Army Field Band’s Favorite Place to Perform

By Kelly Petryszyn
The Chautauquan Daily

News story photo
Photo credit: Robert McIver
Maj. Bruce Pulver, United States Army Field Band deputy commander, conducts the Field Band during the June 27 performance at the Chautauqua Amphitheater in New York.
Chautauqua, NY -- Among all the locations in the 50 states where the United States Army Field Band has performed, one site stands out to Commander and Conductor Col. Thomas Palmatier: Chautauqua Institution.

“It’s probably our favorite place to play in the entire country,” he said. “It is magical.”

Chorus member Sgt. Maj. Joan Mercer seconded Palmatier’s sentiments.

“It’s always the highlight,” Mercer said. “Chautauqua is so full of history and beauty. We just love going there.”

The band is a frequent returning performer at the Institution, but one year it didn’t play because of a schedule conflict. Mercer vividly remembers that the members were disappointed.

Mercer and her group will not be disappointed this year. The band will perform from 2:30 to 4 p.m. Sunday in the Amphitheater.

The U.S. Army Field Band began in 1946 as a way for musically talented soldiers to support their fellow soldiers. It has expanded to four units: the Concert Band, Soldiers’ Chorus, Jazz Ambassadors and the Volunteers with members from all over the nation. Its powerful performances have entertained in more than 30 countries. Over the years the band has earned the title “The Musical Ambassadors of the Army.”

The band has performed at public concerts, school assemblies, educational outreach programs and festivals. Other performances include the 40th anniversary of D-Day at Normandy and the National Memorial Day Concert at the Capitol in Washington, D.C.

The 63-member band and 28-member chorus are the only performing units coming to Chautauqua. Both are in the midst of a joint summer tour, which includes stops in Pennsylvania, New York and Ohio.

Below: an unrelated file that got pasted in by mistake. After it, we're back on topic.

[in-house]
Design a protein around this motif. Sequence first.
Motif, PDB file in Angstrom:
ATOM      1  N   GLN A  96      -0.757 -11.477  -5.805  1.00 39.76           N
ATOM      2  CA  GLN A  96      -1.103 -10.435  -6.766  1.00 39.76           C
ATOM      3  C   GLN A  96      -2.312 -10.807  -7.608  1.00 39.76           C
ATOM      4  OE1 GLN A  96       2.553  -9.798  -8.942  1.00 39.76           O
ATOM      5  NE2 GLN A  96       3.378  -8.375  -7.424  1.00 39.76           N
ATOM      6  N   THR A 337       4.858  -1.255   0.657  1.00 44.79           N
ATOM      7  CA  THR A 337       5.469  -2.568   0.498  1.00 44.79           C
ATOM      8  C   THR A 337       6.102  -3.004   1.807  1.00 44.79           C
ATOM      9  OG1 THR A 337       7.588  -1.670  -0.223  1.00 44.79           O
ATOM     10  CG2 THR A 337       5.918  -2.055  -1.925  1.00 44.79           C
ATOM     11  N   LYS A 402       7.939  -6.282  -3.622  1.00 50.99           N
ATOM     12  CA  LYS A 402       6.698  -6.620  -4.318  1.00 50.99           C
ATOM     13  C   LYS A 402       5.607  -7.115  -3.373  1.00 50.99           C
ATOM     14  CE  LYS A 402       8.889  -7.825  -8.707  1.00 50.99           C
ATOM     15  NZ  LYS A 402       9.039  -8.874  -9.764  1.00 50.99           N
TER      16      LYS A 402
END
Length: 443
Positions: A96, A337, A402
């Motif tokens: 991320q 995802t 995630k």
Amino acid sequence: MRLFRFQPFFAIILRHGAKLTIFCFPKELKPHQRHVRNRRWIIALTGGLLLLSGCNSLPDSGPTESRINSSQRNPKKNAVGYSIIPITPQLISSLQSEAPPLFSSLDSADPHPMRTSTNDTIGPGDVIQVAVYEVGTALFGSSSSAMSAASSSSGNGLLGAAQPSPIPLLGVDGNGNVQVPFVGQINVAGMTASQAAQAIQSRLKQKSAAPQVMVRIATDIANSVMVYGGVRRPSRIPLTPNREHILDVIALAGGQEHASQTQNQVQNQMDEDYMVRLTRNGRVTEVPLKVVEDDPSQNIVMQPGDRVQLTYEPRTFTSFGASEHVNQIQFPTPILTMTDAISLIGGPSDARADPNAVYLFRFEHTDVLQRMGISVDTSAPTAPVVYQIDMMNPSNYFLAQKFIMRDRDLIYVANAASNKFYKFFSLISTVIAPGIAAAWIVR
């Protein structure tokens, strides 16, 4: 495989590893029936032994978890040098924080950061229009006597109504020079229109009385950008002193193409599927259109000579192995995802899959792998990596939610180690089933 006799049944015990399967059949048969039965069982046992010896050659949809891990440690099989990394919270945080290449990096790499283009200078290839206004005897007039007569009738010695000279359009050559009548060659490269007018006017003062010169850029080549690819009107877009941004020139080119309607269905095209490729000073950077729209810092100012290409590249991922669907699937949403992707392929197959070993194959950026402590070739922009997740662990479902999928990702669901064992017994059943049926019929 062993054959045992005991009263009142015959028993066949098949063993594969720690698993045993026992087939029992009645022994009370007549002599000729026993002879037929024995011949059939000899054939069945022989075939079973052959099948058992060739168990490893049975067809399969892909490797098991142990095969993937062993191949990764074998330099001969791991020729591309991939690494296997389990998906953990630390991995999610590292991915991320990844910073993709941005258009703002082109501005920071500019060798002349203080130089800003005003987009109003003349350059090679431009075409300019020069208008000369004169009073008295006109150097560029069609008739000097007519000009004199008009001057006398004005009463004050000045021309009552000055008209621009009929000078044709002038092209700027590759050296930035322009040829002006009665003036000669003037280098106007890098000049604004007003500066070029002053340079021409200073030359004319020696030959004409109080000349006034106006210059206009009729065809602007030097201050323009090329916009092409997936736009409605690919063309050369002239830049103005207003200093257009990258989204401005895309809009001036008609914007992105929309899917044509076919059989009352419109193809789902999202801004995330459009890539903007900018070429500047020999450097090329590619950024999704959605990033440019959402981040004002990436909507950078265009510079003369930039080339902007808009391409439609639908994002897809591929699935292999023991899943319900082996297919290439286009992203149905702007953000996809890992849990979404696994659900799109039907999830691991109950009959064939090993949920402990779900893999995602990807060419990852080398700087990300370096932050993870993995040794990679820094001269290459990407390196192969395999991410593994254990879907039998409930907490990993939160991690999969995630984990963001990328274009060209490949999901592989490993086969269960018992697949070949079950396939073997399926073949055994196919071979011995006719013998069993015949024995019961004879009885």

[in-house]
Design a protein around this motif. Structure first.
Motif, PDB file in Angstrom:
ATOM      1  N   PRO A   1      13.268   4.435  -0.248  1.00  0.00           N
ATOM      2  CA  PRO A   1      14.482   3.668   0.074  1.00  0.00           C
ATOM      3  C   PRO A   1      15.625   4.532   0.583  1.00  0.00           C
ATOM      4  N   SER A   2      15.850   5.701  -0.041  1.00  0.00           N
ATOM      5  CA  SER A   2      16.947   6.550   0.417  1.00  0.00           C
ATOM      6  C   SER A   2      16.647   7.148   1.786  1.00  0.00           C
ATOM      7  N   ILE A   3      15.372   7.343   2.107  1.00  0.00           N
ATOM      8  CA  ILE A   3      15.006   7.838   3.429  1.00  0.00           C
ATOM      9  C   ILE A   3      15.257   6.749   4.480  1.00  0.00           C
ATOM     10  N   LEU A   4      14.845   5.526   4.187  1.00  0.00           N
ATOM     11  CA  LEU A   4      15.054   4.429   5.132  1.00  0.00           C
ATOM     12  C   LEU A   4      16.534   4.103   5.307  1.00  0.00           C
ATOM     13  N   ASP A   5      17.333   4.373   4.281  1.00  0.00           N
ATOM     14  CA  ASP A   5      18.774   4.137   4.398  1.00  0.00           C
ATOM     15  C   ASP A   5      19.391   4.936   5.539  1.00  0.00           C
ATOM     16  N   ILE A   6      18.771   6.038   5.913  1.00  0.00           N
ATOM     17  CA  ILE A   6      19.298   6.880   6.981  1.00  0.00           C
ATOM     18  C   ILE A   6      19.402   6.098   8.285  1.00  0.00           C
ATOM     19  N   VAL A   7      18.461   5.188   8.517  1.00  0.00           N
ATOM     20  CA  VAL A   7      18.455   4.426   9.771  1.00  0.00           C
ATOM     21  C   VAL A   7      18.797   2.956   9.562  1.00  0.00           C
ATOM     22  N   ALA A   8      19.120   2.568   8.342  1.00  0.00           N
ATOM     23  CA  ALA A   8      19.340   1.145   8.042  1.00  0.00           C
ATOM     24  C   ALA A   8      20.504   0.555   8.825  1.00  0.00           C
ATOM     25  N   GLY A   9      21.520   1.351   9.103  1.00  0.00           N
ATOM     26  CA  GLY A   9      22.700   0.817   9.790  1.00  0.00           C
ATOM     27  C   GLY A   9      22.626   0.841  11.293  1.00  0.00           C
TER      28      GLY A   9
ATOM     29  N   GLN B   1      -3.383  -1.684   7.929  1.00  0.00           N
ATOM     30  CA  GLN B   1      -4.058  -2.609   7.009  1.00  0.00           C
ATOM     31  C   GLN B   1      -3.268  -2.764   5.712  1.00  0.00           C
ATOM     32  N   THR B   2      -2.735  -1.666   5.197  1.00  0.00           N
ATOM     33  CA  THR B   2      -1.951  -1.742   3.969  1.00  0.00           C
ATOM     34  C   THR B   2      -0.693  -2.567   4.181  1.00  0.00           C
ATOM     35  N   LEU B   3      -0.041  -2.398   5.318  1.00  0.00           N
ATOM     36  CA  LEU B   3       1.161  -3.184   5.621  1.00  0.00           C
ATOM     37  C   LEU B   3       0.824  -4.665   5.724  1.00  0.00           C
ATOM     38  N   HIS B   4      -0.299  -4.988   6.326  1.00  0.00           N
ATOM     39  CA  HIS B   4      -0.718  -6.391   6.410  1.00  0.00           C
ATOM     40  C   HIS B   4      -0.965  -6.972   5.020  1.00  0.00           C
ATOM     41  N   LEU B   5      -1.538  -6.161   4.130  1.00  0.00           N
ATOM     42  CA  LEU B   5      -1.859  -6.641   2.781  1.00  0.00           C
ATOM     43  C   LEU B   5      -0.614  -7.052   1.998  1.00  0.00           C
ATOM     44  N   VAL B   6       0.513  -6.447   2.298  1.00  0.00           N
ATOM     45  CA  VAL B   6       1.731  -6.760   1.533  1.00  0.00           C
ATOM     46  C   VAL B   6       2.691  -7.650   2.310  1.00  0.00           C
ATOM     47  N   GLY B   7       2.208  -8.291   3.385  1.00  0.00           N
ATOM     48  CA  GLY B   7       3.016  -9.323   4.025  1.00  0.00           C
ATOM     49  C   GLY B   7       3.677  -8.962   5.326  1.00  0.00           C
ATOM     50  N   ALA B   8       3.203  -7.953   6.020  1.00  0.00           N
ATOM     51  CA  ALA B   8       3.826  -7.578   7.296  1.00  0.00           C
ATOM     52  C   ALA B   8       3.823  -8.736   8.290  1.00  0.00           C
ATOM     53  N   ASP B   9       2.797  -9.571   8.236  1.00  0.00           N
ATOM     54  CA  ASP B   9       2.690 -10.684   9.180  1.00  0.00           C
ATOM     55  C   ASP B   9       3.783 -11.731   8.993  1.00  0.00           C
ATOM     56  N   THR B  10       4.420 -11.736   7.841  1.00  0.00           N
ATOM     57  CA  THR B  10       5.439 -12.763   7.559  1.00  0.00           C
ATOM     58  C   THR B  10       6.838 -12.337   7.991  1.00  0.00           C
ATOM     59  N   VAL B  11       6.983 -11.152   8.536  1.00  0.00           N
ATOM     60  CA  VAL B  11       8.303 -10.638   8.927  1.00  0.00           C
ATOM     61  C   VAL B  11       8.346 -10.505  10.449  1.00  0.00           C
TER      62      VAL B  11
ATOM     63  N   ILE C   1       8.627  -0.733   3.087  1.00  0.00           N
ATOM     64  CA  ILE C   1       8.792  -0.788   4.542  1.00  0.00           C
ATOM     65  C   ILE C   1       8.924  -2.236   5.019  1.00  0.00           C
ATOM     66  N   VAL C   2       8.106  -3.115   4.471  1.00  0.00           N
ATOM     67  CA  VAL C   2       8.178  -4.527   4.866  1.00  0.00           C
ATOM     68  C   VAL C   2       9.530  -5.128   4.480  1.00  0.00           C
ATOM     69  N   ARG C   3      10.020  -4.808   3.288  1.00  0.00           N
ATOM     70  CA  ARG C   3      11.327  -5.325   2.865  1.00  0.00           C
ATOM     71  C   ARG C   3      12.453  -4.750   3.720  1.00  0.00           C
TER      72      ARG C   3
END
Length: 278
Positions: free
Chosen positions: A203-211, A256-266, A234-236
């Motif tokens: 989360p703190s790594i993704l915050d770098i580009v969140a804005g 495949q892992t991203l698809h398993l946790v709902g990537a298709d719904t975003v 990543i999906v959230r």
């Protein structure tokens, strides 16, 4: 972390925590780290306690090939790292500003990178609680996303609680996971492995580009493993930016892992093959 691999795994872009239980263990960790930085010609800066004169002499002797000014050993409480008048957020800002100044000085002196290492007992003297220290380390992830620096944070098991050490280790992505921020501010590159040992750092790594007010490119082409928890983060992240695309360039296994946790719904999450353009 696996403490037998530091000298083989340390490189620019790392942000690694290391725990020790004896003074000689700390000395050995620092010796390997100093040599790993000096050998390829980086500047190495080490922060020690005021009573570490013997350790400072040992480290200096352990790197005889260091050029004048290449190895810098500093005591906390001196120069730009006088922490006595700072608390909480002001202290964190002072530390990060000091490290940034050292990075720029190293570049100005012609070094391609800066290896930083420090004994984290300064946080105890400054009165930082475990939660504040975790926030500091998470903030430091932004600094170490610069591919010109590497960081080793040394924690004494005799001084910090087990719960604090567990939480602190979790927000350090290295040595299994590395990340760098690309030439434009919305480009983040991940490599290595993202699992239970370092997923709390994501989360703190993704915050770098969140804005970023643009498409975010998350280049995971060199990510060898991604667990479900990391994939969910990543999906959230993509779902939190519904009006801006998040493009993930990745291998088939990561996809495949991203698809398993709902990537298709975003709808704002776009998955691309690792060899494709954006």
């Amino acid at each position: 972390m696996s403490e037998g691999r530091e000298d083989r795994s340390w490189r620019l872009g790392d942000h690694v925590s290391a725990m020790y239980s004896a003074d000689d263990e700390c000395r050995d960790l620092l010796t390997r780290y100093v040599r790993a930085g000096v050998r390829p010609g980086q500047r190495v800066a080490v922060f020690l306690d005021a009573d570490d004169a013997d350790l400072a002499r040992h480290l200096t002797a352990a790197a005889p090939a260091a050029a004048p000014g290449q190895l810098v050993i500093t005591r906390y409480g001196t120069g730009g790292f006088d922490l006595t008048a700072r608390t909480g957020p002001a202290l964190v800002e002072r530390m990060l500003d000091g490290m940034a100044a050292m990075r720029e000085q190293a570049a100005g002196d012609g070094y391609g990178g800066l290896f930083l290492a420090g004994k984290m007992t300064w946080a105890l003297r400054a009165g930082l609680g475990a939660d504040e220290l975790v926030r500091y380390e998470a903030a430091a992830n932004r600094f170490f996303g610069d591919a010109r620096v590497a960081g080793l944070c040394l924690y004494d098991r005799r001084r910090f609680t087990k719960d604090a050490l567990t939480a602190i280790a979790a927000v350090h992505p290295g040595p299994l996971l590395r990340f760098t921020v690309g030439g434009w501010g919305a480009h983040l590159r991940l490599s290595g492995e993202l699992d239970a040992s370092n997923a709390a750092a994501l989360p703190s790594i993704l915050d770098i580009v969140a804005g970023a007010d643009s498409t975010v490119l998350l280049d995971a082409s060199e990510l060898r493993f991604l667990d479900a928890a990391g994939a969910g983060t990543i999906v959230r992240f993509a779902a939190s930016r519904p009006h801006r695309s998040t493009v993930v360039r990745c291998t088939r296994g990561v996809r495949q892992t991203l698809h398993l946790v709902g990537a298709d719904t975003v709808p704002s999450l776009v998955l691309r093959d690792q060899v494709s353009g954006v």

The band and chorus are known for their versatile programming. The program at Chautauqua will include marches, opera, ragtime and music from Broadway.

All of the musical selections have a patriotic theme. Palmatier said these selections are meant to tell the story of the soldier. He does this by choosing pieces that educate, inspire and entertain the audience.

Palmatier also pays attention to how he can use music to tap into the audience’s emotions.

“It’s been scientifically proven that music creates a powerful emotional reaction within people,” he said.

It is not easy to provoke strong emotion from a large crowd, but the band and choir practice tirelessly until they are able to deliver a performance that resonates with the audience. The band rehearses every day it is not on tour and between its fall, spring and summer tours.

It is important that the soldiers are displaying excellence because “we represent America’s Army and the pride people have in their nation and in their army,” Palmatier said.

Each song offers specific members a chance to shine during vocal or instrumental solos.

“I am absolutely convinced that when listeners walk away they will think: ‘Holy cow, that was good,’” Palmatier said.

The soldiers further communicate excellence when they are able to talk and shake hands with audience members before and after the show.

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